Love is Gone: How the Timberwolves Stay Afloat Without Kevin Love

(Side note, I thought about starting to call Kevin Love “The Klove,” which by the way makes no sense after I found out that it’s an adult contemporary Christian music radio programming service. Yes, that’s right, I actually took the time out of my day to Google “klove.” Laugh it up readers, laugh it up.)

The Timberwolves run on Love. Not to say that they are a gushy team or anything, but you catch my drift. Minnesota stands on four legs. One leg, and the one holding up most of the weight, is Love. Another is Nikola Pekovic, a third is Andrei Kirilenko and a fourth, albeit in a limited role this year due to injury, is Ricky Rubio.

With Kevin Love, Minnesota is a low-seed playoff contender. Without him they are definitely on the wrong side of the number eight seed.

Just to reiterate, Minnesota was 26-40 last year. The worst record in the conference belonged to the Hornets at 21-45. Kevin Love had a win share of 10 last year. Jumble that all together and throw in some math signs + = / to make it look super educated and you get 16. 16 wins the T-Wolves would have had without their sole Olympian and biggest player since Kevin Garnett (sorry Mark Madsen.)

Granted that was last year, and this year is a whole different animal in terms of the season, but the T-Wolves are still in trouble. Kirilenko has carried the team so far, but I have serious reservations about whether he can carry a team for the 8-10 weeks that Love will be out. Let me rephrase that, he can carry a team, but can Minnesota stay competitive if he’s the “Atlas” of the team? Probably not.

The team needs something new. Whether that be a trade acquisition, like say shipping Kirilenko, Derrick Williams and Luke Ridnour to Memphis for Rudy Gay. Or getting injured players healthy, and in the lineup again like Rubio and Chase Budinger.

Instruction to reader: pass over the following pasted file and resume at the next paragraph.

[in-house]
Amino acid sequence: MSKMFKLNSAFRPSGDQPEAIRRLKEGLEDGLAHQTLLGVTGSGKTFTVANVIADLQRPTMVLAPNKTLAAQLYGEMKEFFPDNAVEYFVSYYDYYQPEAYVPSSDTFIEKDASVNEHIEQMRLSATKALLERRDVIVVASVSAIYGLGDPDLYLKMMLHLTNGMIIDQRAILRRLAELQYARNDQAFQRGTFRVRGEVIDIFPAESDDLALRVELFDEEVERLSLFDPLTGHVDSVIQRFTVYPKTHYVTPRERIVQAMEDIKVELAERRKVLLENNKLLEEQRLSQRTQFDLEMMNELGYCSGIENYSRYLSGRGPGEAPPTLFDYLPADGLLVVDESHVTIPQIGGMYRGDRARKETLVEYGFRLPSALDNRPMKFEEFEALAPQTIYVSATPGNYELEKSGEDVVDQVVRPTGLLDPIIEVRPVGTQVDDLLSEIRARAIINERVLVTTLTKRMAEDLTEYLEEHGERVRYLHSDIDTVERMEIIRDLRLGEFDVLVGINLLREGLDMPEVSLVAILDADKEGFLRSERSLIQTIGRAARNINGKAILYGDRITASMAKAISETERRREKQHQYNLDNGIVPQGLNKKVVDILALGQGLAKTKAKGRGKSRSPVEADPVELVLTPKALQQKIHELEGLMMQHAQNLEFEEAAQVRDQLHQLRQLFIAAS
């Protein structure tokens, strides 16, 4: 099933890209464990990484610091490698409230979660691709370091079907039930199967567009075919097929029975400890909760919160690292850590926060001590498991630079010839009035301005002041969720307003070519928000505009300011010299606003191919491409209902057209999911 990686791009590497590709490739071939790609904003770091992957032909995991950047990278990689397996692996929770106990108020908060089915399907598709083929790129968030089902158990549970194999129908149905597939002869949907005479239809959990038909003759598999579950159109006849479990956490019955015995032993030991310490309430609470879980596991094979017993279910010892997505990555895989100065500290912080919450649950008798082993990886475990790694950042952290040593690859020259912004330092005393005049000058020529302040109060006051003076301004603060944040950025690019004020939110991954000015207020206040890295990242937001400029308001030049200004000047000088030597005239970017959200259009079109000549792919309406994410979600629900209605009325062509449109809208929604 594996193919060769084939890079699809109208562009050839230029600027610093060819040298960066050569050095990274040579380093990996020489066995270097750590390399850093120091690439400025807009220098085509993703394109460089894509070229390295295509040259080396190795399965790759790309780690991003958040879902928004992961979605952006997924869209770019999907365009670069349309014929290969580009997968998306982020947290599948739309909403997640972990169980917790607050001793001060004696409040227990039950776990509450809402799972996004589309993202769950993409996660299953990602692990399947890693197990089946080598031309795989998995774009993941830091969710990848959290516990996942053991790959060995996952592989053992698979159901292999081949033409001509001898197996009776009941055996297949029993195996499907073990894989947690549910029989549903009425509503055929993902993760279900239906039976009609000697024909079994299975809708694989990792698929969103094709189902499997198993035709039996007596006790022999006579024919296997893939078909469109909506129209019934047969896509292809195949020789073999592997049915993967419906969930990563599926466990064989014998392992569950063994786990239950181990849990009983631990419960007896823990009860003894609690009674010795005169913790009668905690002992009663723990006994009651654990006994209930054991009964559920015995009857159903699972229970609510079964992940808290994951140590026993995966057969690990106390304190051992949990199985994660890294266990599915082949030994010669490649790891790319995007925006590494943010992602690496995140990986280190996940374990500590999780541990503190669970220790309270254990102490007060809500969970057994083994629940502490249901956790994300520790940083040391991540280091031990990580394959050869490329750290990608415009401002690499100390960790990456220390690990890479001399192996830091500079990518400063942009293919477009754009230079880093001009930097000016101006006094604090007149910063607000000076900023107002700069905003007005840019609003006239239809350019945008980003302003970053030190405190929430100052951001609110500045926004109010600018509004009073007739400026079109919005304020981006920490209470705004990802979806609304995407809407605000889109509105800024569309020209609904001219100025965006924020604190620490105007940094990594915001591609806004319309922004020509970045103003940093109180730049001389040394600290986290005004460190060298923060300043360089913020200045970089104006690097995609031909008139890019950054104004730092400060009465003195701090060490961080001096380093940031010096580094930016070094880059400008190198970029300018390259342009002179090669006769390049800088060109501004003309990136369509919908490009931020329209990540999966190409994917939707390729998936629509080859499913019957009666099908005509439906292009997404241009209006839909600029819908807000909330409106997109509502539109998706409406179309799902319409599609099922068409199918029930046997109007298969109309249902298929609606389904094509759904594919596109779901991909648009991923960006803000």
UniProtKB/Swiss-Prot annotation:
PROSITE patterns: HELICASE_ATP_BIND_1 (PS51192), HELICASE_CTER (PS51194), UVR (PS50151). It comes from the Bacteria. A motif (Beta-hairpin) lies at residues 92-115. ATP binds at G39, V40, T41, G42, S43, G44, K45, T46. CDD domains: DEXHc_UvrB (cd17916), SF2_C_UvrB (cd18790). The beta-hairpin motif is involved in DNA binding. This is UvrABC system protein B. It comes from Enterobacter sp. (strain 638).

At the end of the day, the Timberwolves aren’t going to be as good as they were with Love. It’s just not going to work. The team is built around “Klove” (that might be the last time you see that on the internet ever.)

What do you think? Will Minnesota be able to stay in contention with Kevin Love, or will they fall out of it without him and never recover? Tell me in the comments section.

The Pau Gasol Trade Machine Edition

The Lakers are struggling. If I had a dollar for every time I said or heard that then the local McDonald’s Dollar menu would be non-existent, or I’d save the boatload of money (thinks about it…) yep, definitely saving the money.

The blame game is one that has taken Los Angeles by storm in the same magnitude Lob City did. So, the blame game turned into musical chairs, and Mike Brown was left standing.

But now Mike D’Antoni is in town, and Steve Nash will be back at some point. In other Lakers firings, the team canned their entire training staff and has brought in Phoenix’s in exchange for whichever first-round pick the Lakers still hold the rights to in this Millennium. (2058, I think?)

(Ok, you got me.  I may have fibbed a little bit there.)

The point is that the Lakers are looking to change things up, and a synonym for “changing things up” is “trading.” This happens to be one of my favorite things to write about, the least favorite being draft picks, just for future reference.

With that, let’s go to the trade machine: Continue reading

The One Fan Base the Heat Have Failed to Alienate and Enrage: Seattle

Do you live in Cleveland? How about some other market? Or are you just a normal, sympathetic sports fan? If so, you probably hate the Miami Heat!!!

It would make sense to me if you lived in Cleveland or Toronto or if you are a fan of their teams and you have somewhat of a hatred of the Heat. Why the rest of America does, I’m not sure. Is it because they took your favorite player? It can’t be that you’re mad that your team lost Shane Battier or Mike Miller. Battier was in a rental situation in Memphis. While Miller was the equivalent of a traveling homeless man in the NBA after being dealt to constant lottery players Minnesota and Washington in consecutive years.